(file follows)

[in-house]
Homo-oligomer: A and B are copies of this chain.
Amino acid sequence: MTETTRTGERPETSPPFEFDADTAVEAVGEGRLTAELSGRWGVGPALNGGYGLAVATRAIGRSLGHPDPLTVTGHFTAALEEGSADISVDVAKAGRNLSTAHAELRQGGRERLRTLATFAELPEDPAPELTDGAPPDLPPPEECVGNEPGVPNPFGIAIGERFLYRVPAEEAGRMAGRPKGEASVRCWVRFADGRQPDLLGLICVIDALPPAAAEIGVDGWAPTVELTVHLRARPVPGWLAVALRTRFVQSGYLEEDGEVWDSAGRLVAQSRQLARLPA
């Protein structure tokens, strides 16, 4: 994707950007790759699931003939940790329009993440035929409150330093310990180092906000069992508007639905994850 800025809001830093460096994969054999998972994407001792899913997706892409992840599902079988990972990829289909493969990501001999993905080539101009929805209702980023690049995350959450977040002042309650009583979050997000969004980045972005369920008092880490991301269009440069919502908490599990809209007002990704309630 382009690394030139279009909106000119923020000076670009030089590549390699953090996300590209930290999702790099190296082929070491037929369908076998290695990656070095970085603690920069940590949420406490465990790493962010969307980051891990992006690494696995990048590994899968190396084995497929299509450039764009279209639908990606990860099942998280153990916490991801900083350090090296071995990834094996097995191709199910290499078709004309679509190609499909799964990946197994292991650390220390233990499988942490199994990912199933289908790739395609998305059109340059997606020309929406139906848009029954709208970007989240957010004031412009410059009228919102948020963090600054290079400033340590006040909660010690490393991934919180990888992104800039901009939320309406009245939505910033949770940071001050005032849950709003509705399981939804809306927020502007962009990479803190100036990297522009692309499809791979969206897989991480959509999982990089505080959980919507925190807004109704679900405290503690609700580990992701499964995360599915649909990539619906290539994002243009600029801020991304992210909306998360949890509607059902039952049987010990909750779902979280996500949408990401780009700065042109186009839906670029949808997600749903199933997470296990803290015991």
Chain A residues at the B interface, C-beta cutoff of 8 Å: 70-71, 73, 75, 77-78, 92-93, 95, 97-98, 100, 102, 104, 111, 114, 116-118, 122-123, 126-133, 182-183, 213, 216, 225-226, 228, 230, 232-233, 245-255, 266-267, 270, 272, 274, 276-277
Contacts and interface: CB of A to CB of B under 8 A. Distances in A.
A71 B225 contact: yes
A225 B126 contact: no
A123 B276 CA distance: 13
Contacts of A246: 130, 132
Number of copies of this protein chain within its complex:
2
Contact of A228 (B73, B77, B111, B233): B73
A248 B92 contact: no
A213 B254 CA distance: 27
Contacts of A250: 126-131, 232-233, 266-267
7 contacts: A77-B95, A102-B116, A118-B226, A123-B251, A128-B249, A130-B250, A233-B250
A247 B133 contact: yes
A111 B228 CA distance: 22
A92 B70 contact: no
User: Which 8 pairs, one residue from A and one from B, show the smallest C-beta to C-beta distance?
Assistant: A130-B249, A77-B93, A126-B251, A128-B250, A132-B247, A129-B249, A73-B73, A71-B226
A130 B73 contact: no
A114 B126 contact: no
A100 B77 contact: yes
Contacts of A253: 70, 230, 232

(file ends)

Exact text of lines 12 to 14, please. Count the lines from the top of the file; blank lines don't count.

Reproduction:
2
Contact of A228 (B73, B77, B111, B233): B73
A248 B92 contact: no